One minute I’m ready to shut my eyes, the next minute I’m clicking a link to a music video for Holly Herndon’s Home. It showers my eyes with a swath of logos of government agencies and cloud computing behemoths. The pale-faced, red-haired Herndon peppers into the screen and sings, “I know that you know me / better than I know me” in a conversation between the individual and the computer. It was a random click, but this is how Holly intended for me to first experience her output. When I’m at my most vulnerable and strangely receptive to whatever flotsam and jetsam my internet box with an apple logo wants to spit out. The San Francisco-based cyber sociologist with a degree in composition, dissects the nuances, paranoia and stark reality of our ever-increasing digital lives on the Kraftwerk-cum-neo-electronica Platform, and it’s nothing like we’ve ever experienced.
Platform could be seen as a contemporary art project. Where on a track like “Home,” Herndon addresses the freaky possibility that the National Security Agency could be getting pinged when I type the harmless acronym on a Google doc. Maybe they are, maybe they aren’t, but hers is the voice from which we look over our shoulder towards the window in an empty room. It’s the scene from Hackers when Phreak wakes up to the the FBI storming through his window to arrest him coming to life. That strangely prophetic future is here, and Platform documents it musically with the use of intricate electronic beat structures and even the application of a sonic stimulative sensation phenomenon known as Autonomous Sensory Meridian Response.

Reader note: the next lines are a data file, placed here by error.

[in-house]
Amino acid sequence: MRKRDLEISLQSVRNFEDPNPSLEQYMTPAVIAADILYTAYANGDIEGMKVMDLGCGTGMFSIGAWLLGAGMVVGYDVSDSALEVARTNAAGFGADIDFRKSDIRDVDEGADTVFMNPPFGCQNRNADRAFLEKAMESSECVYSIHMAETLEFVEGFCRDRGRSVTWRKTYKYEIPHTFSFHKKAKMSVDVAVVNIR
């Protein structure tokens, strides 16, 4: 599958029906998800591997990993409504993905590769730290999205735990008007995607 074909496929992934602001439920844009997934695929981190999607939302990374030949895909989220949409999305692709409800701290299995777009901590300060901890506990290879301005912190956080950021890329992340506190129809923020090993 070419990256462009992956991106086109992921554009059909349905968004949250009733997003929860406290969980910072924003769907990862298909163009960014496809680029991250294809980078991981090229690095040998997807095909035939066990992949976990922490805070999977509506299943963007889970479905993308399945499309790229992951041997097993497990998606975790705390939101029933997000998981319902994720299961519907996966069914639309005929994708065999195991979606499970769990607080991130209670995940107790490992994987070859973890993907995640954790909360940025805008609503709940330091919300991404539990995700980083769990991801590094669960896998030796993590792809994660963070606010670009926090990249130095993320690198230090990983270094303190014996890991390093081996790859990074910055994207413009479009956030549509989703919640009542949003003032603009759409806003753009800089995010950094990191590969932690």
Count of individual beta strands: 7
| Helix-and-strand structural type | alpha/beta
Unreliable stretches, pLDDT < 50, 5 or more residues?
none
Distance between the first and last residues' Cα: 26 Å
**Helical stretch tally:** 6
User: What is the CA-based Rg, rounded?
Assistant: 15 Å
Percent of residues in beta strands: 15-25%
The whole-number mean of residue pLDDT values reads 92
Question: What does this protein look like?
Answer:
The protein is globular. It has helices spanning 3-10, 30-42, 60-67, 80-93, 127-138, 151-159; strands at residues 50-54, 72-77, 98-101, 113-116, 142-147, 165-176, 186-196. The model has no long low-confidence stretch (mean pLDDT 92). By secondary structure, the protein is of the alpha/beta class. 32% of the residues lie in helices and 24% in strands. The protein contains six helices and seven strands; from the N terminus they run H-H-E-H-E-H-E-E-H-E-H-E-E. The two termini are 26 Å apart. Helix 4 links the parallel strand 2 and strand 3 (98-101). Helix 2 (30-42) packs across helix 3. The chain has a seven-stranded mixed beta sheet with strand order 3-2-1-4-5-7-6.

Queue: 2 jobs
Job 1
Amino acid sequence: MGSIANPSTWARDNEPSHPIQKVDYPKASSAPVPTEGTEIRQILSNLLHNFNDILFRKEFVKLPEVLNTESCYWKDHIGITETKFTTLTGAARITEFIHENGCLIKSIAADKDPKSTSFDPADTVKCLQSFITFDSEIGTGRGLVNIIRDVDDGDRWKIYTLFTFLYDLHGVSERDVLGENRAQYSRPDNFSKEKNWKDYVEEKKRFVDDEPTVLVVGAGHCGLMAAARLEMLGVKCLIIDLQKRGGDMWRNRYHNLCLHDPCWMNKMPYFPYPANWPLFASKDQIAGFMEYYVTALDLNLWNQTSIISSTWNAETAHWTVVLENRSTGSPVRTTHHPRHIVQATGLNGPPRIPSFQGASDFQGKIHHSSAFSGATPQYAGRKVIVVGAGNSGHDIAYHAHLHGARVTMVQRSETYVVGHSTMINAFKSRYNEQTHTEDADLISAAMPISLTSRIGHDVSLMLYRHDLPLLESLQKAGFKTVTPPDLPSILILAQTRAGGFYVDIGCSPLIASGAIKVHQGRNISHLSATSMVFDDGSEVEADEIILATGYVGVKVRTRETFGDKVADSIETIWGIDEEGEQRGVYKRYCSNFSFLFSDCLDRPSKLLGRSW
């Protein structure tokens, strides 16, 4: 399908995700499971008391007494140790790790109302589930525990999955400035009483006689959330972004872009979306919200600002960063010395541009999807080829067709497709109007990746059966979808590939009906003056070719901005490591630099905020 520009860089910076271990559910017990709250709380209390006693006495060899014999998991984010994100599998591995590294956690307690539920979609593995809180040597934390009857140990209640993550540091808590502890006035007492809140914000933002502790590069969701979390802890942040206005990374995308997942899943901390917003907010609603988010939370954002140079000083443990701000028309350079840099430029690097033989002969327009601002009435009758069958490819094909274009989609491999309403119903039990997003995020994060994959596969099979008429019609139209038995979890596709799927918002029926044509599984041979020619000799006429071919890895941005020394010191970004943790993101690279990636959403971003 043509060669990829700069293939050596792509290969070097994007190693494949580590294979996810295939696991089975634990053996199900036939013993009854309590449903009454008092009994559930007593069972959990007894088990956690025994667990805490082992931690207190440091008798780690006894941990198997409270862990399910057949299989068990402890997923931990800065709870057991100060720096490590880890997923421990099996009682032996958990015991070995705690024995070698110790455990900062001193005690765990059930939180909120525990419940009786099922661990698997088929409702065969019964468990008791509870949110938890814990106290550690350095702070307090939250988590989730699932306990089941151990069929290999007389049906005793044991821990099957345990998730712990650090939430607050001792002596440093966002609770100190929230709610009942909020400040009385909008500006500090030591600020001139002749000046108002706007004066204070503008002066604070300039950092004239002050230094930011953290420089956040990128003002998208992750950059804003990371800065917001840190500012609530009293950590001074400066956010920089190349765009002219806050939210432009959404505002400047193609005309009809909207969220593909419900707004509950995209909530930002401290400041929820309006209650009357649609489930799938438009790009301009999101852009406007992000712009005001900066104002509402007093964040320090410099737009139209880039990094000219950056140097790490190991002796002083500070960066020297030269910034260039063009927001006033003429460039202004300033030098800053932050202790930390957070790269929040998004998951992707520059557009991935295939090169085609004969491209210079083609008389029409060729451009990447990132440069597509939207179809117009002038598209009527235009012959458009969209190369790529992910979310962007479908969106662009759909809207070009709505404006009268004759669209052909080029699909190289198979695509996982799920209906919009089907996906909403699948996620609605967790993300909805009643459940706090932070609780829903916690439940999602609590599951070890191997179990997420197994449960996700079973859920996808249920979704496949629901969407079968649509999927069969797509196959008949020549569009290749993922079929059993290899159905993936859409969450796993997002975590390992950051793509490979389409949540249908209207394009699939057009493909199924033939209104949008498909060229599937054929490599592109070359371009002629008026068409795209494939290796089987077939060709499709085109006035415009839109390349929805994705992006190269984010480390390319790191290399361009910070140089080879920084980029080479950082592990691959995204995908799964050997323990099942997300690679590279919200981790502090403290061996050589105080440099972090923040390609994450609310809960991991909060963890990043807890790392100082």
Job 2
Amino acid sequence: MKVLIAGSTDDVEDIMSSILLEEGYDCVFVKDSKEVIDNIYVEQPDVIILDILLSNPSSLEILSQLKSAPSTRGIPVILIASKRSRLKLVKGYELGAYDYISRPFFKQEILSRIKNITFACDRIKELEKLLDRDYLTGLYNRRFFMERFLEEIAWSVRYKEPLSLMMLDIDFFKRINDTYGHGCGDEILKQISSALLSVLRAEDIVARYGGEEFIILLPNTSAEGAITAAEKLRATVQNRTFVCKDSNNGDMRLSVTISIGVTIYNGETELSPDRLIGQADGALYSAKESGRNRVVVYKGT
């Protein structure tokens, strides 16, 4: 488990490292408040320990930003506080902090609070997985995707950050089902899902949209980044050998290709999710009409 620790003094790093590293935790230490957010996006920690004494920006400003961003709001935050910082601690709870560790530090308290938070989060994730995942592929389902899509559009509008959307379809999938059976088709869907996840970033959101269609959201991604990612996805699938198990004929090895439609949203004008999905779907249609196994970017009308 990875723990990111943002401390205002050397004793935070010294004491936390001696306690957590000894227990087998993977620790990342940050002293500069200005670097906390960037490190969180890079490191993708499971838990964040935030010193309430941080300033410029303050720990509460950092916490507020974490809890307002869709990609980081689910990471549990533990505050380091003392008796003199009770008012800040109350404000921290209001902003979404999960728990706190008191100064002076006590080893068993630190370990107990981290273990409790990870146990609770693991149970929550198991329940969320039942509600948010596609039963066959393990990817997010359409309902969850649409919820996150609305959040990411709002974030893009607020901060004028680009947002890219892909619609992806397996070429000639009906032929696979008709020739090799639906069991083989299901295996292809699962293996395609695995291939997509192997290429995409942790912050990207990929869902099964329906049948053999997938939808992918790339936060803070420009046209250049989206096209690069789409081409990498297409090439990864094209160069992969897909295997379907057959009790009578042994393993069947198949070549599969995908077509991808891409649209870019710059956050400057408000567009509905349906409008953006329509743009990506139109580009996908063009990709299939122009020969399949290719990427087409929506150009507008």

“Interference” feels like a leather jacket-clad Kawasaki ride through a Tokyo tunnel in an evening montage scene of a sci-fi anime flick, the authorities chasing the subject as she rides at 120 mph through a beat. Yet Herndon still manages to reach musical accessibility with operatic crescendos on “Morning Sun,” the beat borrowing from the footwork school of Chicago’s late DJ Rashad.
The cryptically scrambled vocals of “Chorus” envelop you into the world that Herndon is creating, the veritable digital chaos comprised of binary codes swirling over your brain, cloaked in mysteriousness. The ocean samples spliced into “Unequal” blur the line between indoor/outdoor. Why go outside when you can experience the beauty of the world on your screen?
The words on “Locker Leak” are as perversely resonant as those on Aphex Twin’s Richard D. James Album; their meaning, much like their placement, seems trivially placed. Like James’ “milkman,” Herndon’s dissection of “glass/grass” lingers repeatably on the tip of the tongue. Herndon’s music is art that has more to say than just what’s on the surface.
You see, Herndon’s socio-digital commentary is one that has never been packaged with this kind of accessibility before, and on the legendary 4AD label no less. Herndon’s most successful endeavor is carving a niche for her work to be heard by indie blogs and mainstream music media alike, without resorting to a watered-down pop formula to get her message across. Platform is still avant-garde enough to only be appreciated by some, but those who break through the surface, will understand this album for being the important, temporal work that it is.